But as his community grew Francis knew that he would need a way to unify those who came and he developed a "Rule of Life."
"Francis knew he now had to have some kind of direction to this life so he opened the Bible in three places. He read the command to the rich young man to sell all his good and give to the poor, the order to the apostles to take nothing on their journey, and the demand to take up the cross daily. "Here is our rule," Francis said -- as simple, and as seemingly impossible, as that. He was going to do what no one thought possible any more -- live by the Gospel."
I love the last sentence in that description from the website: "He was going to do what no one thought possible any more -- live by the Gospel."
That really made me pause when I read it. I found myself having to consider how challenging that simple sentence is.
Francis' life of simplicity is radical today as it was when he proclaimed it to the church of his time.
But I was encouraged by the other aspect of Francis' life that was highlighted in the website information. Francis experienced great moments of joy and his life was touched by the simple pleasures of communing with animals and nature.
Francis responded to his blindness and suffering when he wrote his beautiful Canticle of the Sun that expresses his brotherhood with creation in praising God.
The Canticle of the Sun or Canticle of the Creatures
Most high, all powerful, all good Lord! All praise is yours, all glory, all honor, and all blessing. To you, alone, Most High, do they belong. No mortal lips are worthy to pronounce your name.
Be praised, my Lord, through all your creatures, especially through my lord Brother Sun, who brings the day; and you give light through him. And he is beautiful and radiant in all his splendor! Of you, Most High, he bears the likeness.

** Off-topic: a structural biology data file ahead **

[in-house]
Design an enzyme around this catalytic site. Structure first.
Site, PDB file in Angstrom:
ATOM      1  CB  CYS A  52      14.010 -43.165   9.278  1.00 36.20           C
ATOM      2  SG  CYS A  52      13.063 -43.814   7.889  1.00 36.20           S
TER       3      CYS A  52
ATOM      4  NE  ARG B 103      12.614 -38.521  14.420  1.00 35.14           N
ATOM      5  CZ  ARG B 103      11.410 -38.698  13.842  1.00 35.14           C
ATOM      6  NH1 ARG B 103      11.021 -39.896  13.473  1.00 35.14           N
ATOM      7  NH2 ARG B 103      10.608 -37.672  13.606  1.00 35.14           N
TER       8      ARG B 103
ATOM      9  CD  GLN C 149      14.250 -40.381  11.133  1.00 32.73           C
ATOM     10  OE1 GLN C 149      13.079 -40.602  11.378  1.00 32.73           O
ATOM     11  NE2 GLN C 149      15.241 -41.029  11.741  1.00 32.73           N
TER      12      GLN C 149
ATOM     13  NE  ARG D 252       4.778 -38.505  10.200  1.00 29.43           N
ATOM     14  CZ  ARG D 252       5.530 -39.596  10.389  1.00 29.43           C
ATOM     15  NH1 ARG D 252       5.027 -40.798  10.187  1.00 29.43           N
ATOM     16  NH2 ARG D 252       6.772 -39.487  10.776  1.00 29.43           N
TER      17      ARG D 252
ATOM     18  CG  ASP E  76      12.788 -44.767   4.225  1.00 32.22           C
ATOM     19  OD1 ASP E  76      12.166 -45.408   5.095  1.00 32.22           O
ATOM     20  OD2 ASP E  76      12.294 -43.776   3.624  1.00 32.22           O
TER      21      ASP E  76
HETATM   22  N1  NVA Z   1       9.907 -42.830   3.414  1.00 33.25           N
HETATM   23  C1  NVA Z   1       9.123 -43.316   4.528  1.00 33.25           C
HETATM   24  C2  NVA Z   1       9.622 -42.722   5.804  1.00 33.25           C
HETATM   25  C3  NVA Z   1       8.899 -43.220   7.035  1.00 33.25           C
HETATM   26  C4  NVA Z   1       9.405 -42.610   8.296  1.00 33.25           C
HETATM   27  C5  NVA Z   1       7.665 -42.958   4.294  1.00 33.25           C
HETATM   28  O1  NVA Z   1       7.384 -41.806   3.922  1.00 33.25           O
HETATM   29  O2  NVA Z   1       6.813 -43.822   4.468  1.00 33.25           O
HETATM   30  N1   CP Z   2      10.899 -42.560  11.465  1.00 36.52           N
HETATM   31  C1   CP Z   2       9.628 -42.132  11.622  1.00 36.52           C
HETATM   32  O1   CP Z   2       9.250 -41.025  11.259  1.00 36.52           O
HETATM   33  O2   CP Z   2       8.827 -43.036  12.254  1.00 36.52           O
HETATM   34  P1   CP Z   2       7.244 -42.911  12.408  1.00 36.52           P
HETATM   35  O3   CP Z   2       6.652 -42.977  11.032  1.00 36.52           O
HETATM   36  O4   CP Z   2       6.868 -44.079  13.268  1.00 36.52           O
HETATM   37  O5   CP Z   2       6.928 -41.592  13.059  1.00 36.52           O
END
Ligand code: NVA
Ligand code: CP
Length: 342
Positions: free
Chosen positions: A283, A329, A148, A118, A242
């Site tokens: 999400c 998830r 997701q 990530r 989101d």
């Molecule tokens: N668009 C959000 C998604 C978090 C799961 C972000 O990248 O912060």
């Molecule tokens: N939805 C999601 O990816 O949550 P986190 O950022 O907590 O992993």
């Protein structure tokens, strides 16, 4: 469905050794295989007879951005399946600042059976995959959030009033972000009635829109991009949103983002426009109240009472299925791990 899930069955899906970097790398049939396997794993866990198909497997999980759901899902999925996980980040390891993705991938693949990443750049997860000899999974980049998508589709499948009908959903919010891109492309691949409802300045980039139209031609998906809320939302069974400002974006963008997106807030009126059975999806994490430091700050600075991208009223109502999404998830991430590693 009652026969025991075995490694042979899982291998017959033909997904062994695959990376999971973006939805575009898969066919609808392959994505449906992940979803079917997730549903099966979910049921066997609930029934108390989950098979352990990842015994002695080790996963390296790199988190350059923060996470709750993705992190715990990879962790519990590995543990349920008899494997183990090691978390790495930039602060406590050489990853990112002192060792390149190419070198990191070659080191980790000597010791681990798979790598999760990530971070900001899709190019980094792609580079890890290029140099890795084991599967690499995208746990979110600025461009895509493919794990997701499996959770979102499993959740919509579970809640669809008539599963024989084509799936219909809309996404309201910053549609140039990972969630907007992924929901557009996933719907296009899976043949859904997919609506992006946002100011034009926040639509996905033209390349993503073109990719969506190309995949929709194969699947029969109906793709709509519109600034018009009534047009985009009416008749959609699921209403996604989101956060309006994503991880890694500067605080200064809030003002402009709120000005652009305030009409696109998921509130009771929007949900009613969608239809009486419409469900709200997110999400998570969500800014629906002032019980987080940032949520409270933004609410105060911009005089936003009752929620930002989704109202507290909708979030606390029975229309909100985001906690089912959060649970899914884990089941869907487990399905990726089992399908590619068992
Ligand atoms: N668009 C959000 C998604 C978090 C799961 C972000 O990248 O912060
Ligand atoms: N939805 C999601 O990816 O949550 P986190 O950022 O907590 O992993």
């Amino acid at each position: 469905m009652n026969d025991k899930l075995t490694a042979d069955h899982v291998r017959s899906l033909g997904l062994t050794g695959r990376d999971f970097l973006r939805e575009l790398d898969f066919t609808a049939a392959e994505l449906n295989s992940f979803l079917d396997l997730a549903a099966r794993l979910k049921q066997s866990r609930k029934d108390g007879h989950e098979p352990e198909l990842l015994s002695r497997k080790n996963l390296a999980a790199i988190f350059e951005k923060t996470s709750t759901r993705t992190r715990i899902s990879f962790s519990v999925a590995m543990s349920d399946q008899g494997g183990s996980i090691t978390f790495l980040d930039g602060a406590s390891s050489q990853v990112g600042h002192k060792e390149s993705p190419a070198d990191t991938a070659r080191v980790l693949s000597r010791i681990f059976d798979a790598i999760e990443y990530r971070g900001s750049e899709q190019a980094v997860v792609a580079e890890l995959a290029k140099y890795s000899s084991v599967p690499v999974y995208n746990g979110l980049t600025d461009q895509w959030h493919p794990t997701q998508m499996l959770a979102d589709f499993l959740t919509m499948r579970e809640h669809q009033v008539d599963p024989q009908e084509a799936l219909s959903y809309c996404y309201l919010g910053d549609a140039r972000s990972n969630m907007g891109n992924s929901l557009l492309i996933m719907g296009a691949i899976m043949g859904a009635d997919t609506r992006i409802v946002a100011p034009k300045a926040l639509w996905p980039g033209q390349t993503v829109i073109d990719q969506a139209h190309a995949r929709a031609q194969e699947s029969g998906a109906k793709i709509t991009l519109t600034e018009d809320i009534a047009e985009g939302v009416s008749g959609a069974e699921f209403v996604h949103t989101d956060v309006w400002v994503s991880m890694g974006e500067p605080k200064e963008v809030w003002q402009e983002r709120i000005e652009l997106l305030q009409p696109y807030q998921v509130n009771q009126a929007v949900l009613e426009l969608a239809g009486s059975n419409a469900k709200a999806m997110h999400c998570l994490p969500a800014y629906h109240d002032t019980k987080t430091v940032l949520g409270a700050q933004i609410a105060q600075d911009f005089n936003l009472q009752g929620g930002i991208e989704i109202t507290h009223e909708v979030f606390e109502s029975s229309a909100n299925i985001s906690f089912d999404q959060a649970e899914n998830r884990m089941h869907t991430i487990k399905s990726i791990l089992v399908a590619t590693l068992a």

Be praised, my Lord, through Sister Moon and the stars; in the heavens you have made them, precious and beautiful.
Be praised, my Lord, through Brothers Wind and Air, and clouds and storms, and all the weather, through which you give your creatures sustenance.
Be praised, My Lord, through Sister Water; she is very useful, and humble, and precious, and pure.
Be praised, my Lord, through Brother Fire, through whom you brighten the night. He is beautiful and cheerful, and powerful and strong.
Be praised, my Lord, through our sister Mother Earth, who feeds us and rules us, and produces various fruits with colored flowers and herbs.
Be praised, my Lord, through those who forgive for love of you; through those who endure sickness and trial. Happy those who endure in peace, for by you, Most High, they will be crowned.
Be praised, my Lord, through our Sister Bodily Death, from whose embrace no living person can escape. Woe to those who die in mortal sin! Happy those she finds doing your most holy will. The second death can do no harm to them.
Praise and bless my Lord, and give thanks, and serve him with great humility.
A couple of weeks ago when I was speaking about our opportunity to be advocates for our brothers and sisters I read the prayer attributed to St Francis to end my message. I would like to read it again today as we remember Francis of Assisi:
Lord, make me an instrument of your peace:
where there is hatred, let me sow love;
where there is injury, pardon;
where there is doubt, faith;
where there is despair, hope;
where there is darkness, light;
where there is sadness, joy.
O divine Master, grant that I may not so much seek
to be consoled as to console,
to be understood as to understand,
to be loved as to love.
For it is in giving that we receive,
it is in pardoning that we are pardoned,
and it is in dying that we are born to eternal life. Amen.
Bishops & Father Mike